Mystery Slot 2004
January 2004 —
Recollections of my Grandfather
Although I never knew either my great grandfather or grandfather, from the information gathered to date, both men were to lay down strong foundations in the life of the Savage family. Foundations that some 150 yrs.+ remain strong today. Both men had the same Christian name, David, this being carried through the generations including this present day. Born in 1835, David married Alice Yates, they had a large family, mainly sons. Great granddad started his working life as a stone cutter at Helsby quarry.On cessation of the quarry being viable, he acquired a field on Chester Road. Here, the family dwelt at Springfield Cottage. The 1881 census describes him as a farmer of 50 acres, employing one labourer from Hindley. Many of his sons went into farming, living around Helsby, Netherton and Frodsham. Both David senior and David junior are recorded on the Methodist circuit plans as registered Methodist lay-preachers.
Some time ago, my youngest brother, Roger, loaned me the last complete diary of our grandfather for the year 1910. A Scripture Union diary, it is packed full of extremely interesting information. Sadly, due to increasing ill health, there were times that granddad wasn’t well enough to make the days’ entry.
What follows is a very brief account of my granddad’s preaching routine. Mill Stone farm was a dairy farm as well as an agricultural farm. This meant that the milking of the cows was left to grandma and their sons, granddad being away preaching all day.
The circuit covered was large, quite often preaching morning and evening, with Sunday School in the afternoon. The area extended from the Mission Church to Dunham Hill, Frodsham Free Church to The Hurst at Kingsley, Also included on the plan would be The Bourne Methodist, Alvanley and Dutton Workhouse.
One entry reads, February 13th, 1910 preached at Mission Church, theme was “David and Goliath.”
Sunday Schools were held alternate months at Littler’s farm on Bates Lane, Ainsworth’s farm, Marsh Lane and Netherton Hall Farmhouse teaching both adults and children the words of The Bible. Every Christmas, children would receive a prize of a little book donated by the Clarke family who lived on Dig Lane. Conditions in the cottages were such that as many as seven families would be living together. To accommodate the Sunday School, benches and stools would be carried from one dwelling to another. Granddad and Grandma Savage rented Mill Stone Farm. Sadly, it proved to be a nightmare to work, the land being frequently sodden due to a very poor drainage system. Working in such awful conditions was very probably the cause of Granddad’s death at the age of 49yrs.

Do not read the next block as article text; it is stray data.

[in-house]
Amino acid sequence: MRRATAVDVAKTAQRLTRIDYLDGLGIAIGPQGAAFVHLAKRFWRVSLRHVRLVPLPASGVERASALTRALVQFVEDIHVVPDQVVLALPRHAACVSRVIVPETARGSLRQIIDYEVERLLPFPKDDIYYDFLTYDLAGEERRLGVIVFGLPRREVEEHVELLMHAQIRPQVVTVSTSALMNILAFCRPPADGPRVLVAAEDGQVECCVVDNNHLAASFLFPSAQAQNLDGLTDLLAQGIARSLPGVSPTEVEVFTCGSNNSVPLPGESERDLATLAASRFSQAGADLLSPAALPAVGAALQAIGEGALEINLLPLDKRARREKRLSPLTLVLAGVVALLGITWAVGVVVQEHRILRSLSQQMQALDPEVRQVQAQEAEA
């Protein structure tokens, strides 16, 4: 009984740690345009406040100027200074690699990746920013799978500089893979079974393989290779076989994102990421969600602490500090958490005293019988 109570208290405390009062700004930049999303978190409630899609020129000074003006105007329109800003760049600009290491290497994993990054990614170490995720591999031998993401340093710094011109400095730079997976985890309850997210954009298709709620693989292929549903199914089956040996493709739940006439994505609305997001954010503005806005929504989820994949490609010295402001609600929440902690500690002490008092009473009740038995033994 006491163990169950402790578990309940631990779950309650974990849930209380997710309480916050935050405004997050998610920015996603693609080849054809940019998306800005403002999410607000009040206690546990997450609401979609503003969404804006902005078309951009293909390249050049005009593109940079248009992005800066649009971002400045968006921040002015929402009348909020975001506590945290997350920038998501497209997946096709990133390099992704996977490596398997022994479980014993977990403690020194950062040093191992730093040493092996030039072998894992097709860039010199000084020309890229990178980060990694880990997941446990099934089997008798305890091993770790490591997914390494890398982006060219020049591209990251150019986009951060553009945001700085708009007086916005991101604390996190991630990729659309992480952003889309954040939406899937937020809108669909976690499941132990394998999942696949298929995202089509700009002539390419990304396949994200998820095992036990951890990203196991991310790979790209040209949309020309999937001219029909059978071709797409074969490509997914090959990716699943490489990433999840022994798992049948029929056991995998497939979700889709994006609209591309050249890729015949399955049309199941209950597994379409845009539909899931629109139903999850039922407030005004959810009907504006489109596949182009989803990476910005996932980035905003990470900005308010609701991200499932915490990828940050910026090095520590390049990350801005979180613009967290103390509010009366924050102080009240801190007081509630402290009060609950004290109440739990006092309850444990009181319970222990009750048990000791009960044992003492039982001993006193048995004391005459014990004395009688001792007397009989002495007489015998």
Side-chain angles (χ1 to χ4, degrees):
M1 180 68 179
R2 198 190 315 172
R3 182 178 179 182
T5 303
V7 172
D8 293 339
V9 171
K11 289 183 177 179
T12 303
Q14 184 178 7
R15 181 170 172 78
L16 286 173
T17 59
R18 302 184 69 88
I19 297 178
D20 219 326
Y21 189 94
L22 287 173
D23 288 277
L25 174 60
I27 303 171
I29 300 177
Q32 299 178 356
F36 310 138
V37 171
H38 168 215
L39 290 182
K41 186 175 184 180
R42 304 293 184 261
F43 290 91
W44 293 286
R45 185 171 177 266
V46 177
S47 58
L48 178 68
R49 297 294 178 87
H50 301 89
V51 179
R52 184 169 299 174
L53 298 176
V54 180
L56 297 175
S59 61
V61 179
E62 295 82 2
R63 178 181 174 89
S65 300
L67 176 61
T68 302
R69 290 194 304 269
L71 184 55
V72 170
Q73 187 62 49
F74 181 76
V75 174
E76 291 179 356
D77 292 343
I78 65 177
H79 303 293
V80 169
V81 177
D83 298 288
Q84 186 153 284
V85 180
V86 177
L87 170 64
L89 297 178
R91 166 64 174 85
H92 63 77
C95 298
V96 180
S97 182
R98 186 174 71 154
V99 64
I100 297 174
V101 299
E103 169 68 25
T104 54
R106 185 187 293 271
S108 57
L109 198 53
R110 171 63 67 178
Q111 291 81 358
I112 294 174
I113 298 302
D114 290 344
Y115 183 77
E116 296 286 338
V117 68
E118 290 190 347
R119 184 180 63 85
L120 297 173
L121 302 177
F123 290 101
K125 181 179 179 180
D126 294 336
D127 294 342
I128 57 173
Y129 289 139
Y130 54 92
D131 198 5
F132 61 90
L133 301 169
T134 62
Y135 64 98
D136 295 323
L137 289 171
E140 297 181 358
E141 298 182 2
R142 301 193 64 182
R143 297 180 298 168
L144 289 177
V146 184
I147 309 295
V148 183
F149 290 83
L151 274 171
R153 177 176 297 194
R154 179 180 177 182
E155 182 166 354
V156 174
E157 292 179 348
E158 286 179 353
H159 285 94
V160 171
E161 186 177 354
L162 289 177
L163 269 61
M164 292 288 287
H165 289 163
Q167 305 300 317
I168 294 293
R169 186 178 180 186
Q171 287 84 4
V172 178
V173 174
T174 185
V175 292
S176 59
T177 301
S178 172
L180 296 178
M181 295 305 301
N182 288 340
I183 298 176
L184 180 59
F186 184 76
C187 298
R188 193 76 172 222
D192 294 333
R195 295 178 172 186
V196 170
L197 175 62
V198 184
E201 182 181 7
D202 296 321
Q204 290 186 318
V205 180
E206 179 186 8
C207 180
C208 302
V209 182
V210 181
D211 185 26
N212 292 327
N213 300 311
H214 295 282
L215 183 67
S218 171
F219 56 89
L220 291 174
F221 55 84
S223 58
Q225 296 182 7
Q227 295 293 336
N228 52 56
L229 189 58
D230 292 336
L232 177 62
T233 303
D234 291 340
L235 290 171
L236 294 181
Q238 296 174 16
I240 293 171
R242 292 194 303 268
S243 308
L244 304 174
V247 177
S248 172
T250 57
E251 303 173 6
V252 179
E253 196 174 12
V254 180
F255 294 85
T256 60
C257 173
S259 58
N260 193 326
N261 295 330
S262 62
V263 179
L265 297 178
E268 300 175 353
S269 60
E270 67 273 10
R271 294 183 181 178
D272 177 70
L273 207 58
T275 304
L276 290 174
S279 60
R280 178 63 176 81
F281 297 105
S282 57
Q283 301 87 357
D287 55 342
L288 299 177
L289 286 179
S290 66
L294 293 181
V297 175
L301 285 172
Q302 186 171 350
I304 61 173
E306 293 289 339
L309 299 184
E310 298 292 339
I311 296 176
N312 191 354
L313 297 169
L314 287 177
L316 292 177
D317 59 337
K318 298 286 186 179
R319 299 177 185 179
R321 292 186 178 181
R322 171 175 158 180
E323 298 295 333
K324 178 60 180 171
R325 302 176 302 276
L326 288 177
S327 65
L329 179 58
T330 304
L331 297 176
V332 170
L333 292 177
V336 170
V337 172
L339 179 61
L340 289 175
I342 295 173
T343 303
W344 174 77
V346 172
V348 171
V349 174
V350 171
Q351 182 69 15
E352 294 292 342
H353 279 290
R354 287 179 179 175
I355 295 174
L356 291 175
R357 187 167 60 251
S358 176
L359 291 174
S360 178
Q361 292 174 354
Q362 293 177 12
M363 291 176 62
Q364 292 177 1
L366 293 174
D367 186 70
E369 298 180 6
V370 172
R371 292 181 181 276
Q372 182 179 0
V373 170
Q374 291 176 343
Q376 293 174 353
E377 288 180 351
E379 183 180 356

Something I recall from the 1909 diary my late father once showed me was an entry which read “preached off a flat cart on the farm, only 200+ here today”. To me, this entry spoke volumes about my grandfather, of the respect that many had for him to attend in such numbers to hear him preach God’s word, of his amazing love of the Lord. This was to span the world: One son, Herbert emigrated to Sydney, Australia; two sons, Harold and Alfred to Boston, McKeesport in Pennsylvania. My cousin, Ethel often relates just how much God’s love meant to these two men, how it has been passed on to her as it has to our other cousin in Boston, Bill and his family.
Even though you travel to the farthest ends of the earth, be sure my hand is there to guide you.
Judith S. Shore, on behalf of the Mystery Slot.
March 2004 — Lifting the Lid
In the near future, our little group will be visiting the Records Office in Chester, where this time we will be “lifting the lid” on some of the old Frodsham parish records. What follows are just a few items mentioned in an index of what is held about Frodsham at the Records Office. Some of them look as if they might be interesting to study in detail:
- Four documents relating to a dispute between Frodsham and Overton respecting Townfield Lane, 1745. Some of you may be aware of the “township” and “lordship”, namely Frodsham and Overton separated by Townfield Lane. Something I hadn’t realised was just how far back this ’them and us’ goes. I wonder what this dispute was about?
- Thomas Ashton’s account for Defending the Lands from the flush of the tide adjoining the River Mersey.
- Parish Rooms, Frodsham. Conveyance of land, 222yds., to Vicar and Church Wardens, 28th January 1901, £44 8s 0d.
- Special Licence for Iron Church, 10th July 1880 (The Parish Church closed for restoration on 28th June 1880 and reopened on 18th May 1883)
- Licence for Mission Church, Frodsham Bridge, 2nd November 1896
- Glebe Lands Map of the Ancient Glebe Lands belonging to the Vicar of Frodsham, and also of other lands given by Mrs. Gaskell to the said Vicarage for ever. Surveyed by John Earl 1787.
- Tithe Rent Charge. Copies of two Certificates of Redemption. Parts of Frodsham Lordship and Newtown by Frodsham. 7th October 1904.
We will leave the dust to settle on this month’s Mystery Slot. Looking forward to further sleuthing.
Judith Shore (on behalf of the ’Mystery Slot’)